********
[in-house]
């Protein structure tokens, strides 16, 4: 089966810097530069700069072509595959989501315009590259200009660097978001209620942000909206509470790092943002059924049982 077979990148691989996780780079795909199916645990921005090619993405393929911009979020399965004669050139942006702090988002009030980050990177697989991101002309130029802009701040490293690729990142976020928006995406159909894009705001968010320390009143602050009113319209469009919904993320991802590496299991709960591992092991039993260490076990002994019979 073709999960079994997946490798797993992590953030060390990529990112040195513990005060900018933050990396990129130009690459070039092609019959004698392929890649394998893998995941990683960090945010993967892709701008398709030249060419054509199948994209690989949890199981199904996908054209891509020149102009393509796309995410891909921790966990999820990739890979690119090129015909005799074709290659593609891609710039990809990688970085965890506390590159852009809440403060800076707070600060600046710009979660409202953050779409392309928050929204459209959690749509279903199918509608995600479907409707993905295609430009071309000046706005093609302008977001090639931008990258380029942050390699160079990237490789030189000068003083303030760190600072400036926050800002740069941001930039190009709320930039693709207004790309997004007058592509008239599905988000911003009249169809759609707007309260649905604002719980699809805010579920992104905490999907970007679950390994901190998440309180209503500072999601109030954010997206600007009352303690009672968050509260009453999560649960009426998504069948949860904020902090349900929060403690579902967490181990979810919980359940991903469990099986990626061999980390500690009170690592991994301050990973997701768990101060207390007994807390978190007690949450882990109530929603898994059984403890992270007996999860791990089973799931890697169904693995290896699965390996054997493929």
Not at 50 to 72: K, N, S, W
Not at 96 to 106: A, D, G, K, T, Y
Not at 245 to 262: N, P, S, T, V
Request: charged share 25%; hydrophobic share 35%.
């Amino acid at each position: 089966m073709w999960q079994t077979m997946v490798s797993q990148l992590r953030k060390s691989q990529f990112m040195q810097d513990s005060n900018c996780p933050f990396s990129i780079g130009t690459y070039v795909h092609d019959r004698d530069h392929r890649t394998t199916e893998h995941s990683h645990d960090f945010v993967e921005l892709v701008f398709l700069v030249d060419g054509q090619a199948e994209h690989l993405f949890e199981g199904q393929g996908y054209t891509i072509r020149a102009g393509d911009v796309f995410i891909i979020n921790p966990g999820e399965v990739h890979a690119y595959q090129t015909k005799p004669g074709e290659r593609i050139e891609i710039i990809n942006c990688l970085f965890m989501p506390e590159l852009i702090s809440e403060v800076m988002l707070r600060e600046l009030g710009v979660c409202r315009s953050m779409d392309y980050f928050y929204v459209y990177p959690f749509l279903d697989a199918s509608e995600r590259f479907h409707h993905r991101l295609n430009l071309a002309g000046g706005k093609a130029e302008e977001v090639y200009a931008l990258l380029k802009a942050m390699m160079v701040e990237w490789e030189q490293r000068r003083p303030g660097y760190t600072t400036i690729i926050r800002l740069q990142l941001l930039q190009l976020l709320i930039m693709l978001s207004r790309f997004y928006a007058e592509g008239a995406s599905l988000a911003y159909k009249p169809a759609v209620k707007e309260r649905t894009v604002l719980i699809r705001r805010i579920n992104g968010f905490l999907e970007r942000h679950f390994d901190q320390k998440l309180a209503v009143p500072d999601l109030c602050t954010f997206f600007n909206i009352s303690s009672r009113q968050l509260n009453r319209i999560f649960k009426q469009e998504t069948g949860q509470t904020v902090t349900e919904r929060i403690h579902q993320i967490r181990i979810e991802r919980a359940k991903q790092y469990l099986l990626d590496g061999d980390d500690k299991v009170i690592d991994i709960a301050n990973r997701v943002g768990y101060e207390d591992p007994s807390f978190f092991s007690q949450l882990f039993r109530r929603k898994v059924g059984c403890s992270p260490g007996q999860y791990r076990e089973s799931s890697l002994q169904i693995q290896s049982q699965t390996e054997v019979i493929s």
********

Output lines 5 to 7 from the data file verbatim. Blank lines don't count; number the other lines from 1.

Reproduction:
Not at 245 to 262: N, P, S, T, V
Request: charged share 25%; hydrophobic share 35%.
């Amino acid at each position: 089966m073709w999960q079994t077979m997946v490798s797993q990148l992590r953030k060390s691989q990529f990112m040195q810097d513990s005060n900018c996780p933050f990396s990129i780079g130009t690459y070039v795909h092609d019959r004698d530069h392929r890649t394998t199916e893998h995941s990683h645990d960090f945010v993967e921005l892709v701008f398709l700069v030249d060419g054509q090619a199948e994209h690989l993405f949890e199981g199904q393929g996908y054209t891509i072509r020149a102009g393509d911009v796309f995410i891909i979020n921790p966990g999820e399965v990739h890979a690119y595959q090129t015909k005799p004669g074709e290659r593609i050139e891609i710039i990809n942006c990688l970085f965890m989501p506390e590159l852009i702090s809440e403060v800076m988002l707070r600060e600046l009030g710009v979660c409202r315009s953050m779409d392309y980050f928050y929204v459209y990177p959690f749509l279903d697989a199918s509608e995600r590259f479907h409707h993905r991101l295609n430009l071309a002309g000046g706005k093609a130029e302008e977001v090639y200009a931008l990258l380029k802009a942050m390699m160079v701040e990237w490789e030189q490293r000068r003083p303030g660097y760190t600072t400036i690729i926050r800002l740069q990142l941001l930039q190009l976020l709320i930039m693709l978001s207004r790309f997004y928006a007058e592509g008239a995406s599905l988000a911003y159909k009249p169809a759609v209620k707007e309260r649905t894009v604002l719980i699809r705001r805010i579920n992104g968010f905490l999907e970007r942000h679950f390994d901190q320390k998440l309180a209503v009143p500072d999601l109030c602050t954010f997206f600007n909206i009352s303690s009672r009113q968050l509260n009453r319209i999560f649960k009426q469009e998504t069948g949860q509470t904020v902090t349900e919904r929060i403690h579902q993320i967490r181990i979810e991802r919980a359940k991903q790092y469990l099986l990626d590496g061999d980390d500690k299991v009170i690592d991994i709960a301050n990973r997701v943002g768990y101060e207390d591992p007994s807390f978190f092991s007690q949450l882990f039993r109530r929603k898994v059924g059984c403890s992270p260490g007996q999860y791990r076990e089973s799931s890697l002994q169904i693995q290896s049982q699965t390996e054997v019979i493929s």